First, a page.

Dear G20 leaders,
This year’s G20 process has been hampered by the geopolitical situation and in particular the Russian invasion of Ukraine. However, this doesn’t diminish the G20’s responsibility to act, quite to the contrary.
The G20 collectively has the power to solve some of the most pressing global challenges — as you represent the biggest economies, the biggest polluters, the most important donors, and the most important shareholders to international financial institutions and multilateral development banks.
Together, the G20 members represent more than 80% of the world’s gross domestic product (GDP), 75% of international trade, and 60% of the world’s population. Any solutions to and progress in the fight against climate change, hunger, or poverty cannot be imagined without the G20 driving it.
We urge you to live up to the responsibility and ensure that the G20, even in the current crisis situation, remains effective. The G20 legitimacy going forward will depend on the concrete outcomes the G20 can deliver, as a whole or at least by a subset of its members, in particular on issues that have a disproportionate impact on the poorest: climate change, financing for development, and food security.
Here are the key issue areas we need to see the G20 taking urgent action on:
Special Drawing Rights
We urge governments to not only meet, but exceed the $100 billion target agreed last year by the G20, by reallocating at least 30% of their new SDRs (or an equivalent amount in another currency). If all those G20 members who already pledged SDRs would increase it to 30% of their share, we could free another $21.6 billion.
To maximize the development impact of these funds, governments should make use of multilateral development banks and count these SDRs as additional to existing Official Development Assistance (ODA) promises. The G20 should publish a full list of promises already made to date. All governments should swiftly implement the pledges made.
Recommit to Official Development Assistance (ODA)
In light of the multiple converging crises impacting vulnerable populations around the globe, it's crucial that G20 donor countries recommit to the long standing promise of allocating at least 0.7% of gross national income (GNI) to ODA and ensure that the much needed support for Ukraine and its neighboring countries is not at the expense of existing development priorities.
Multilateral Development Bank Reform
The G20 should support the reform suggestions as laid out in the Capital Adequacy Frameworks (CAF) review report and release a roadmap to implement them. This could unlock $500 billion or more in new lending from multilateral development banks (MDBs). Progress should be made by the next G20 finance ministerial in February 2023.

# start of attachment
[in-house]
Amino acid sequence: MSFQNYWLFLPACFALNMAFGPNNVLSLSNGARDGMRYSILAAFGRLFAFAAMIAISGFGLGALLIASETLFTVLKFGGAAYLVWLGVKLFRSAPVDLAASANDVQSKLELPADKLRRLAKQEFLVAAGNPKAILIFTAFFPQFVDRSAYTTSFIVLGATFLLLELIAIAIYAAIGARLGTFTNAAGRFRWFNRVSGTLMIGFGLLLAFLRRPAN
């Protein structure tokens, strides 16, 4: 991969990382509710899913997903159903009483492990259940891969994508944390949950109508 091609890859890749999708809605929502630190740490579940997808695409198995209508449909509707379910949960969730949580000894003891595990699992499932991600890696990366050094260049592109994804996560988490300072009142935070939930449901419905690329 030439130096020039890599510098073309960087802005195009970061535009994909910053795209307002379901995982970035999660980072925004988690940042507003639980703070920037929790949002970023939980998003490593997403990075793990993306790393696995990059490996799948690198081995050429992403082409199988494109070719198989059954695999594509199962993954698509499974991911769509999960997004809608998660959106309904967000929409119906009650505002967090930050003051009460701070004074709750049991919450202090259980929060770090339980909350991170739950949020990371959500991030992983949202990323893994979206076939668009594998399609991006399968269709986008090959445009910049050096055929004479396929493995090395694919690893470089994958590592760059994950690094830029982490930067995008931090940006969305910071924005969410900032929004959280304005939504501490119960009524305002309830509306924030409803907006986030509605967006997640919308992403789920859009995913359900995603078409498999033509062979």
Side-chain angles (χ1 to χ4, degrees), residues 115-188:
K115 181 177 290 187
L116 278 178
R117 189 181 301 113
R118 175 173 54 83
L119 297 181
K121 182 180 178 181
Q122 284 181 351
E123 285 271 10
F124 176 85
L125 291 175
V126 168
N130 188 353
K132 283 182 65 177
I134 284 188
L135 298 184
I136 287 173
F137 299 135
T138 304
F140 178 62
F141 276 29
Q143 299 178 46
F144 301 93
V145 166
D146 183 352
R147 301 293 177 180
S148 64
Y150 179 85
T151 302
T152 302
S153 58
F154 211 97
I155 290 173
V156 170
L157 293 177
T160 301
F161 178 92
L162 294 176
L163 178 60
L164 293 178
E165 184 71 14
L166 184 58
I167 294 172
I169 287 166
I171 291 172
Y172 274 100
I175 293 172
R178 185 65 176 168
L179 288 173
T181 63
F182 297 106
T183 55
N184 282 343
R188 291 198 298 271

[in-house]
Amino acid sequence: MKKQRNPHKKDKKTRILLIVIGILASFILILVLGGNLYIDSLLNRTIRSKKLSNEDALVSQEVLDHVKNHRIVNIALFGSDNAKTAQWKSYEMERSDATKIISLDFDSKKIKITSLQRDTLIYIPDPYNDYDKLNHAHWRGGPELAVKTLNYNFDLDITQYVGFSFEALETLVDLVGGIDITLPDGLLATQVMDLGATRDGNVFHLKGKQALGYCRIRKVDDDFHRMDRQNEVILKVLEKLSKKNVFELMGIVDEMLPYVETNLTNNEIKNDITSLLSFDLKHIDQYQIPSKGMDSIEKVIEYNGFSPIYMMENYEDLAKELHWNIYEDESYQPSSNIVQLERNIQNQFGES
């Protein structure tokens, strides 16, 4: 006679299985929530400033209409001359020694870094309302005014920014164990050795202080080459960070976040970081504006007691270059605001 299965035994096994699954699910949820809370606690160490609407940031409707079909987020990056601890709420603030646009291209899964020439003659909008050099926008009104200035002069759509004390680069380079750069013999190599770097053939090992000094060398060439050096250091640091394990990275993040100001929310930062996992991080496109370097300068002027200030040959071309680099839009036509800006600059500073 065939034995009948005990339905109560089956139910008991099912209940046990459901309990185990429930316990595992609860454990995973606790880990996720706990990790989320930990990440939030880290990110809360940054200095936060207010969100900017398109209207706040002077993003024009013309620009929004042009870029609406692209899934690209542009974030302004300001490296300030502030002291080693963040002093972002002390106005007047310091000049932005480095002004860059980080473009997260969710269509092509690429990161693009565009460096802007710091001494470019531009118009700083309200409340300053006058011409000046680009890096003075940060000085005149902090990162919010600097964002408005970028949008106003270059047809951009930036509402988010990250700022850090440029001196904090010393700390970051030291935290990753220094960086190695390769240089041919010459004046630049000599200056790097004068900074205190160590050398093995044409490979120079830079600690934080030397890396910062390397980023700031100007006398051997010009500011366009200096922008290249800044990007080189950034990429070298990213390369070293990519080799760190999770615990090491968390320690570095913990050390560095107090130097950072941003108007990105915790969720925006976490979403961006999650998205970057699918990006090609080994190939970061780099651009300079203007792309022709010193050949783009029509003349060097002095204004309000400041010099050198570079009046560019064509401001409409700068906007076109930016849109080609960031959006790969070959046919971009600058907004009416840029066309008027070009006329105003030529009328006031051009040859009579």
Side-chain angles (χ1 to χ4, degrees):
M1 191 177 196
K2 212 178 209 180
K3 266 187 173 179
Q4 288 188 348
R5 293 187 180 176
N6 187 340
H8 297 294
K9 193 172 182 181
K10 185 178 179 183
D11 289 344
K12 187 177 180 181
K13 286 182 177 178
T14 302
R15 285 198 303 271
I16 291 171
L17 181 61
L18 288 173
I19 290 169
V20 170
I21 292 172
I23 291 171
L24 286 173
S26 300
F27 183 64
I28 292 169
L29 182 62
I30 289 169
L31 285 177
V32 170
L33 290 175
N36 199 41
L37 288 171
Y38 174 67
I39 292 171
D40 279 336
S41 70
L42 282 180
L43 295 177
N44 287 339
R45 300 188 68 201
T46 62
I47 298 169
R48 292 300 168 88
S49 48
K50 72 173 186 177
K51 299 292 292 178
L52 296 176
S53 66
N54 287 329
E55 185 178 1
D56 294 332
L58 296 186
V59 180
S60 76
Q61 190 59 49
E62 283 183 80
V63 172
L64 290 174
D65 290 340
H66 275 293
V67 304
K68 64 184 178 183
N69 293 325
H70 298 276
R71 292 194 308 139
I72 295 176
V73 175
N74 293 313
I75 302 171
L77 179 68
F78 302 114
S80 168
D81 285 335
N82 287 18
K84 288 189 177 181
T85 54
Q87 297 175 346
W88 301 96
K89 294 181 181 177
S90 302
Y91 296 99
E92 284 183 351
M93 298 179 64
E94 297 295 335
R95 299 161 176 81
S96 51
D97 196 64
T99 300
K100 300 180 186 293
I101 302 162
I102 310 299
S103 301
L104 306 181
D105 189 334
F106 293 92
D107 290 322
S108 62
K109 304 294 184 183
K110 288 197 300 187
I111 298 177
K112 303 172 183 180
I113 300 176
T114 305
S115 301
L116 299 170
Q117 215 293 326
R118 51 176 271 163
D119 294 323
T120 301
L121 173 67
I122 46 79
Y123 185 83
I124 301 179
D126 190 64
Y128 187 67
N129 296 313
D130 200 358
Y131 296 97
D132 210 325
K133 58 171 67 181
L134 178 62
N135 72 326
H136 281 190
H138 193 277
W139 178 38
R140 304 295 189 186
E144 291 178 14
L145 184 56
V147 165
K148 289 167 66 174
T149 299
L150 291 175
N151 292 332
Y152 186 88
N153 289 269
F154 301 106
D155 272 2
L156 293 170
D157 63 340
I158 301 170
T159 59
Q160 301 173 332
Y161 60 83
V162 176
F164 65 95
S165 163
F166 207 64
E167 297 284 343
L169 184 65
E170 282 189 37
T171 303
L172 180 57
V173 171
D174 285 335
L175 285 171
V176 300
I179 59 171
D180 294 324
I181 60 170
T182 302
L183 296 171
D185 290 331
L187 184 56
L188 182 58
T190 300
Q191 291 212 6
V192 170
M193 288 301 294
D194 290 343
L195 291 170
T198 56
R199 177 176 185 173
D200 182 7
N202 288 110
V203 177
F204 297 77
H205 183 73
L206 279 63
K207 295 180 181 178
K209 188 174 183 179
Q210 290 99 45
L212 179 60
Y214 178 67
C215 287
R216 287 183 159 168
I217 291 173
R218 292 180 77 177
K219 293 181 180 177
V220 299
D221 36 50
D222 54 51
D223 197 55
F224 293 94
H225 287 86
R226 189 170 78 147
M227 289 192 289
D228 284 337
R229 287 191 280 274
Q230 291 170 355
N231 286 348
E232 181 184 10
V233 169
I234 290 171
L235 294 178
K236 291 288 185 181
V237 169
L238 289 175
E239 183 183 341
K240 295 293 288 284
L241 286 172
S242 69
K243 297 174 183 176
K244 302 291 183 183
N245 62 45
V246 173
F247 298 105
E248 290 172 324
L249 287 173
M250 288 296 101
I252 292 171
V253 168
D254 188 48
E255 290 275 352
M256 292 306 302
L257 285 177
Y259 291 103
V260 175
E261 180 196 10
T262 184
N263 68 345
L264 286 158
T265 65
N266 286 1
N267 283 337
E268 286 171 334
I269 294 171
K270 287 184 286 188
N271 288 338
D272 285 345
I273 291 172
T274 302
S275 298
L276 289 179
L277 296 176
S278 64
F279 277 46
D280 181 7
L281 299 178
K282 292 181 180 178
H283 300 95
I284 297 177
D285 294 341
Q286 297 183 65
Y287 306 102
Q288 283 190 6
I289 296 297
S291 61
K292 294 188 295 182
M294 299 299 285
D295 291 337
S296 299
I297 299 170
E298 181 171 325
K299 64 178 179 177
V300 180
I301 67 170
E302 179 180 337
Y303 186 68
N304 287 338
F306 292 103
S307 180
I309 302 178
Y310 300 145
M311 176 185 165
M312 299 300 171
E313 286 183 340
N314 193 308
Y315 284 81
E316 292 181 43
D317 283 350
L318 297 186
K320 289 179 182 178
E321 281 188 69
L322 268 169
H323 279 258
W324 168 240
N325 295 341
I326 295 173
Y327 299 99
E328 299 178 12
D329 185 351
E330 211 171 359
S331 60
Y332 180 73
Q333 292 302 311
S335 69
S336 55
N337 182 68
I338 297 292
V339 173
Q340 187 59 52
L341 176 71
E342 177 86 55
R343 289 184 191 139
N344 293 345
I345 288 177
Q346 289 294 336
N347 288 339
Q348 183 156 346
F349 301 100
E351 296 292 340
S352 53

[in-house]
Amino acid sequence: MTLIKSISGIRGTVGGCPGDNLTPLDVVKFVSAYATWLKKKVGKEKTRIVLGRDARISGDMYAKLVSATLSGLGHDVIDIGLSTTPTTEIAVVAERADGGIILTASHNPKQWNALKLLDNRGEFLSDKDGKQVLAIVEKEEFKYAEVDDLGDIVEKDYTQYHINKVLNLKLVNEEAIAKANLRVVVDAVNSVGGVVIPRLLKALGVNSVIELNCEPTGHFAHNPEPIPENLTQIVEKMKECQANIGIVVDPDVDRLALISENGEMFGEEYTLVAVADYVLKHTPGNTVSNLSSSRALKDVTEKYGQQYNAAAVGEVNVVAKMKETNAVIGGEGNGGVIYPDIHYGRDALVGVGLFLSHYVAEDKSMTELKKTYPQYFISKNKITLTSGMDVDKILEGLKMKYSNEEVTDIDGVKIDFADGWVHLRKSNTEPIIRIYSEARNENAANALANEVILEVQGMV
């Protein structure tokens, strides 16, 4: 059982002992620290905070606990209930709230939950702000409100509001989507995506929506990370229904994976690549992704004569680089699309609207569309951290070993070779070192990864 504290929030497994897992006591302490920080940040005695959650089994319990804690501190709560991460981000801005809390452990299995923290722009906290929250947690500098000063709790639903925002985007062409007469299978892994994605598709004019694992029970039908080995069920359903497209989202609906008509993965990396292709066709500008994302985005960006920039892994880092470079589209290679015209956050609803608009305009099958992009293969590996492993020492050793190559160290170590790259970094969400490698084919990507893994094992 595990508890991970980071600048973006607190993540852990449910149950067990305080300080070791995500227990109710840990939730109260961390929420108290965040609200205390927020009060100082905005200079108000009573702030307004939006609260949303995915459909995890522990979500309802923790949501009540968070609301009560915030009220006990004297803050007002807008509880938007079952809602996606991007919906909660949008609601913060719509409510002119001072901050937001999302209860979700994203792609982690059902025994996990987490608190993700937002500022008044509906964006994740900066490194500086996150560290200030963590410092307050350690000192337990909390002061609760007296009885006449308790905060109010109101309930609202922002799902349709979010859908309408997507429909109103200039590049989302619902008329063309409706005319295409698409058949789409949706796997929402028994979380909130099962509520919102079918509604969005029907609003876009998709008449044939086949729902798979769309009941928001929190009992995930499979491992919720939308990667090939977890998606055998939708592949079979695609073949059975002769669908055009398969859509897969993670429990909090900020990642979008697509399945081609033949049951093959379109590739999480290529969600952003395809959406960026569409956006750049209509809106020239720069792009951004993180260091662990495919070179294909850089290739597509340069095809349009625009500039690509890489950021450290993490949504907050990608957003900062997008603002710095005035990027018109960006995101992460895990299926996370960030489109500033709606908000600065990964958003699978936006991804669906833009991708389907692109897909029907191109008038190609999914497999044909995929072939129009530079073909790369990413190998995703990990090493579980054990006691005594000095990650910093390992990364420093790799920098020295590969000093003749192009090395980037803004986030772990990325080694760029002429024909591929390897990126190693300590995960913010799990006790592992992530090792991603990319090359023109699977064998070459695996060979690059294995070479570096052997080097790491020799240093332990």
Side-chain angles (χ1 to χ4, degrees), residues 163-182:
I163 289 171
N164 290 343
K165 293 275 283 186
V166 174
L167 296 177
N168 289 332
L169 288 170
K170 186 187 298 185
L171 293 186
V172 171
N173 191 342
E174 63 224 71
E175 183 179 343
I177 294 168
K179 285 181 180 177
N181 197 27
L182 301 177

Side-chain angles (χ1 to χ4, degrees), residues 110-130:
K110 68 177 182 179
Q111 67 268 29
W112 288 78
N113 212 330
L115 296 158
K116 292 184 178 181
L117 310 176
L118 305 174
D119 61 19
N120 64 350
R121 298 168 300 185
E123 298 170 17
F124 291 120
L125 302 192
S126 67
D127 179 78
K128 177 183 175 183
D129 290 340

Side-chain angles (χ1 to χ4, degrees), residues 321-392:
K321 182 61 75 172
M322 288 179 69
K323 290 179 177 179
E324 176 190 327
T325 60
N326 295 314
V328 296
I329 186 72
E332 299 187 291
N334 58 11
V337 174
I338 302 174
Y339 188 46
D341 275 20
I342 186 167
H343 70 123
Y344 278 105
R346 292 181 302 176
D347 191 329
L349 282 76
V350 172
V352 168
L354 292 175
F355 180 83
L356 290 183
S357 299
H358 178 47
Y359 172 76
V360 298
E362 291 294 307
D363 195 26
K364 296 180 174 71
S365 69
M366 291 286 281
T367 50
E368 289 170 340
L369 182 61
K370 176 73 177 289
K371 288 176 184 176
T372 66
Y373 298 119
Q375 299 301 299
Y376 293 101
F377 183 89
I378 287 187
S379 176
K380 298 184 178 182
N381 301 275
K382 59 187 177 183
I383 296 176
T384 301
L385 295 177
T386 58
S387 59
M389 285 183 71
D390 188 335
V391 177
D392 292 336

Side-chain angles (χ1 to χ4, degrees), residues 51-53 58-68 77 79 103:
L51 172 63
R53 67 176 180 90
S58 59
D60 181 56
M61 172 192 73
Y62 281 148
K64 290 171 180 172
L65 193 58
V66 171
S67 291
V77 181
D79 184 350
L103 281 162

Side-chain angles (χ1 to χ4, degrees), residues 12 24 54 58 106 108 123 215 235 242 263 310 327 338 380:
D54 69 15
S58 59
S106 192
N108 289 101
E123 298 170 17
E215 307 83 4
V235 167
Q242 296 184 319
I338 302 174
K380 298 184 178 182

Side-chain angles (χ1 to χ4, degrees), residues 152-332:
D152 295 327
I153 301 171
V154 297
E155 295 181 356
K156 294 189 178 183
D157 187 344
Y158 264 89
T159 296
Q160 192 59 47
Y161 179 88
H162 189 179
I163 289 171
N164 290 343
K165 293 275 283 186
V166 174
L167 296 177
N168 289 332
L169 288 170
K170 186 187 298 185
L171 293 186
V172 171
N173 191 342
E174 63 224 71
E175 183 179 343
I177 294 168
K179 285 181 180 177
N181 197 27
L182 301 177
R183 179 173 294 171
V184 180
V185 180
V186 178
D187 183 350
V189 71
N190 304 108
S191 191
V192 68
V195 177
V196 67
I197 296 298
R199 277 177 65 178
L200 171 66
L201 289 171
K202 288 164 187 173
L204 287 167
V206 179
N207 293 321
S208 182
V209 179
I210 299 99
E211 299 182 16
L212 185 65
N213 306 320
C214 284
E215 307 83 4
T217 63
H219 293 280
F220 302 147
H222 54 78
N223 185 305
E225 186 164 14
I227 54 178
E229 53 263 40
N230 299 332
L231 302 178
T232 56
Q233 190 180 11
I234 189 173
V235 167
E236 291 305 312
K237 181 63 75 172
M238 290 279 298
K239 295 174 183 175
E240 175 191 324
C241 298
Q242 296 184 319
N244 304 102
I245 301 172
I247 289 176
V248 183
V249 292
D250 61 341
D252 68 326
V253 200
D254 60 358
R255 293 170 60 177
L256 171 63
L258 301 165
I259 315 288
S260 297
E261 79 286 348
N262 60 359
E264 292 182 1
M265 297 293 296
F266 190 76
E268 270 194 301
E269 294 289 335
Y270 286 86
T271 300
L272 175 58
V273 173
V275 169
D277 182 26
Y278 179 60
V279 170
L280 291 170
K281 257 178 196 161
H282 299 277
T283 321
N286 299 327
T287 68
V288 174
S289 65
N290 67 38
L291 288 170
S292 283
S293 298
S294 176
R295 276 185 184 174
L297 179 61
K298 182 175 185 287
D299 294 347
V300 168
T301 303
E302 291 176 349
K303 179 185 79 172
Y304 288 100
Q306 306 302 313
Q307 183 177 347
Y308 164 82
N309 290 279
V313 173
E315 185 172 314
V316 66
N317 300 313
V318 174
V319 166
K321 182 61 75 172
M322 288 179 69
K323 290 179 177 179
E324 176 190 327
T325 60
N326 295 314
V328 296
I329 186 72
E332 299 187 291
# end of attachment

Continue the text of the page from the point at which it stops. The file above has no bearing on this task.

More than 55% of low-income countries are in debt distress or at high risk of it and without urgent action by the G20 we risk facing a worsening debt crisis with more defaults. The G20 should explore how to improve the Common Framework (CF), for instance by including private creditors earlier on, increasing transparency of the current (public and private) debt stock and of the CF process, and ensuring greater predictability for countries seeking treatment.
Delivering on the $100 billion per year promise on climate finance through 2025 is crucial and developed countries should immediately fill the existing $16.7 billion gap. This funding must be new and additional to Official Development Assistance, and prioritize grants over loans.
The G20 donor countries should also deliver on the commitment made at COP26 to double adaptation funding by 2025, adopting roadmaps towards this goal.
Loss and Damage
Building on the Glasgow Dialogues and Global Shield against Climate Risks, the G20 should show leadership and agree to set up a Loss and Damage financing facility under the UNFCCC and the Paris Agreement. This must be resourced with finance in the form of grants, with direct access modalities, to be released at speed and scale to communities affected by climate change and extreme weather events.
Fossil Fuels Phase Out
The G20 should adopt concrete plans to phase out fossil fuel subsidies by 2025 or sooner, and reinvest these funding in clean, just, and sustainable energy systems, and green recoveries. The G20 should also commit to phasing out fossil fuels, including gas, and agree on a full coal phase-out by 2030, as a major step towards net zero.
Despite commitments at the G7 and at the Global Food Security summit, we are still a long way off from achieving the $33 billion that is needed as a matter of urgency to support the 50 million people in 45 countries at risk of starvation.
The G20 must work to fund a multilateral and coordinated response to ensure both emergency response across locations at risk of famine, and long-term investments to prevent future food crises. Governments must also stand firm on keeping markets open and guard against unjustified restrictive measures on food and agriculture exports.
As civic space shrinks in many countries in the world, the G20 should send a signal, recognizing the importance that civic space has, including issues such as participation, transparency, and accountability, and establish a full-fledged working group on Civic Space.
We hope to be able to count on your leadership and look forward to working with your team to discuss our proposals.
Global Citizen and E3G